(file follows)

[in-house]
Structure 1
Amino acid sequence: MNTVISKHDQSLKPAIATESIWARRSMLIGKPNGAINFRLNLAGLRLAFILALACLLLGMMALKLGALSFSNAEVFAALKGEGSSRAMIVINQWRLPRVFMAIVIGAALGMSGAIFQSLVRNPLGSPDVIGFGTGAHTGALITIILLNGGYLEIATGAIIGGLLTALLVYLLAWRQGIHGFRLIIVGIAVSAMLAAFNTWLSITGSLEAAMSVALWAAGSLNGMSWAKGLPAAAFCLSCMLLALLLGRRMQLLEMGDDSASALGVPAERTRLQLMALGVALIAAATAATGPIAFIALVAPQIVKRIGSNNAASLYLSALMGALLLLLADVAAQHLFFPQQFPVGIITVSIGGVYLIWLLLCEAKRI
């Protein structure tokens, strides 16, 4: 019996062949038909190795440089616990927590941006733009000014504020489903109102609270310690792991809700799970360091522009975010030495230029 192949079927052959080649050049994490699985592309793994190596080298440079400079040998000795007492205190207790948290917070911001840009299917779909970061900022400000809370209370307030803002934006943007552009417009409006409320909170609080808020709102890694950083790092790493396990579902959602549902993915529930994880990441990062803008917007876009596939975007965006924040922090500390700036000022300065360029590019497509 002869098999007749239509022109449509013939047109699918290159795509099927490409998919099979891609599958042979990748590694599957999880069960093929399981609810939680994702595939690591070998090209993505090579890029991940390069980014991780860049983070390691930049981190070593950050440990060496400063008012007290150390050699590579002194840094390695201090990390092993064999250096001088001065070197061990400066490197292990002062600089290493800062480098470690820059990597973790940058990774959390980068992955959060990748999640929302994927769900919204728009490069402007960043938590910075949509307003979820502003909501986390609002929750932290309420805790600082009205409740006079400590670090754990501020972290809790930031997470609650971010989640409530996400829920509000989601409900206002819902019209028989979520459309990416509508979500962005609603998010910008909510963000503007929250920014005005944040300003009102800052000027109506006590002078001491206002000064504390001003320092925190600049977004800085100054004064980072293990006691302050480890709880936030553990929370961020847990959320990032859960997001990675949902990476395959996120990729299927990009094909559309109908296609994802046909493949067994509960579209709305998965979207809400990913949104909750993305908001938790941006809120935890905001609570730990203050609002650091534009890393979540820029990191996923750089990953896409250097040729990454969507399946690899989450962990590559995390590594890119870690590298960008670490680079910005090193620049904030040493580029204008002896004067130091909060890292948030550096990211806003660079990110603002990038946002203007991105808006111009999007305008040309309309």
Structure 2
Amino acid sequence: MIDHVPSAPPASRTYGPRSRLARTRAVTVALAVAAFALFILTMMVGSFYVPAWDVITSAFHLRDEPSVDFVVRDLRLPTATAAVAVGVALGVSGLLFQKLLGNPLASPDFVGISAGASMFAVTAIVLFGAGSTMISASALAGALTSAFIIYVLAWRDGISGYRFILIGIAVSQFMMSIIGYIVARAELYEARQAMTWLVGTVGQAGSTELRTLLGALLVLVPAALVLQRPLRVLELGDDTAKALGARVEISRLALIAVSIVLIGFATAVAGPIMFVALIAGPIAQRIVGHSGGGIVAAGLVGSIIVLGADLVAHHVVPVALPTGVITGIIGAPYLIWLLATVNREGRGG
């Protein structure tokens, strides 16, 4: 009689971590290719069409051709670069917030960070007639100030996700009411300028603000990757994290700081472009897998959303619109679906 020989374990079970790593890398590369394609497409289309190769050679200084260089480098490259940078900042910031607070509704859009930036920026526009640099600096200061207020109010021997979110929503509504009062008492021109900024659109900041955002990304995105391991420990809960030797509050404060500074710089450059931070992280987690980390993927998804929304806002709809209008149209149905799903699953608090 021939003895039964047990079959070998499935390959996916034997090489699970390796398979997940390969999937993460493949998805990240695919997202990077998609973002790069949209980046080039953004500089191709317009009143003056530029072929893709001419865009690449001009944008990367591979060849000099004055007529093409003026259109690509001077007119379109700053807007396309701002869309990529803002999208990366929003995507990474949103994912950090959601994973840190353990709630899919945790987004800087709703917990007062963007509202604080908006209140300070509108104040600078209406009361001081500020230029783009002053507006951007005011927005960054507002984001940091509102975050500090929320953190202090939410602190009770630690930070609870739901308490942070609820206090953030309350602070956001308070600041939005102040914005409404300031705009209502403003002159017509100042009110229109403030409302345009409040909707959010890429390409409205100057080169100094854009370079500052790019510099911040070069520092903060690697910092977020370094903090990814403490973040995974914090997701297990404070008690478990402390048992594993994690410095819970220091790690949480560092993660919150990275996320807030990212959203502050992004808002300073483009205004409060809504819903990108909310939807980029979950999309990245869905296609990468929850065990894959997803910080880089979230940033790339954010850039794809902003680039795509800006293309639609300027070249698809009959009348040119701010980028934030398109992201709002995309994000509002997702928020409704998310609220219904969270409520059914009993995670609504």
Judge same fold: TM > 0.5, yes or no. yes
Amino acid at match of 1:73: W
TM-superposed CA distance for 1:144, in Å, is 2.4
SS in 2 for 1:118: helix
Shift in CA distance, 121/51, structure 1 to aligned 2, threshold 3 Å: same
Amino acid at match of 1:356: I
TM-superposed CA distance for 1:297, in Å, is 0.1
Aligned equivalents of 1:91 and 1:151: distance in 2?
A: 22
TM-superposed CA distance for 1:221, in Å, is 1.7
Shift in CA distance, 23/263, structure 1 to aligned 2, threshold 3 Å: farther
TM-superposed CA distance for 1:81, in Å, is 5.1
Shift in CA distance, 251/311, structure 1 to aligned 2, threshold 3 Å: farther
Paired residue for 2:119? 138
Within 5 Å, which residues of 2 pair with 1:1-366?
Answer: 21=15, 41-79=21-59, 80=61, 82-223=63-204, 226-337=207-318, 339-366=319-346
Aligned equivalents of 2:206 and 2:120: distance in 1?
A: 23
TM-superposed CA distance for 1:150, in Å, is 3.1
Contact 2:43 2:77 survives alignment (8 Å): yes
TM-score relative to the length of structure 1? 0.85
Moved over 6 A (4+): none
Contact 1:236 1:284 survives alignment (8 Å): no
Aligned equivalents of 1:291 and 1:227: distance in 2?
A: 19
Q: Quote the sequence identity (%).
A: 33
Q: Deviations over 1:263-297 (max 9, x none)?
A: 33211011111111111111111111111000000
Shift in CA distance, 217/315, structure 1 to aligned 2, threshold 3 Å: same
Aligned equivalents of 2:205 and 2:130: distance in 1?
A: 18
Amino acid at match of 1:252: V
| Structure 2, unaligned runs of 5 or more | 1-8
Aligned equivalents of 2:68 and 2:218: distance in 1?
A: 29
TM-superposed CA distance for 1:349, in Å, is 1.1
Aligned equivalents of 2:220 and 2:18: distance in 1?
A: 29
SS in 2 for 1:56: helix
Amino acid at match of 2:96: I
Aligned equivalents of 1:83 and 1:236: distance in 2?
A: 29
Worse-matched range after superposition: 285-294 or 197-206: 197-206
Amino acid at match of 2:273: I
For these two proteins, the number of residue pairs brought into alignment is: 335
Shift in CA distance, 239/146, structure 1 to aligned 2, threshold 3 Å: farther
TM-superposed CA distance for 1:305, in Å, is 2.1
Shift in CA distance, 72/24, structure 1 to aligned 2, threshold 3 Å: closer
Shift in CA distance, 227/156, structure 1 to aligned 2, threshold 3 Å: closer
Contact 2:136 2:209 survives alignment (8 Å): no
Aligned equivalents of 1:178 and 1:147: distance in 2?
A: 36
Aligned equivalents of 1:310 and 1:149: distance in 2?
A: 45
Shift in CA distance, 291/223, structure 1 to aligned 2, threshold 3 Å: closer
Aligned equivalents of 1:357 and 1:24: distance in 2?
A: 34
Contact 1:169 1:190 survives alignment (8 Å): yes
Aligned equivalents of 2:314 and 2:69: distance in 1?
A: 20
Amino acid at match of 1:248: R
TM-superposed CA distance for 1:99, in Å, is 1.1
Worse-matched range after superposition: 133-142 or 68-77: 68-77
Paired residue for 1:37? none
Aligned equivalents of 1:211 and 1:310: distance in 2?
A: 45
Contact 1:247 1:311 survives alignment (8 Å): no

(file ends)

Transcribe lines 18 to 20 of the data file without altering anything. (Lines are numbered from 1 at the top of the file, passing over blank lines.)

Shift in CA distance, 23/263, structure 1 to aligned 2, threshold 3 Å: farther
TM-superposed CA distance for 1:81, in Å, is 5.1
Shift in CA distance, 251/311, structure 1 to aligned 2, threshold 3 Å: farther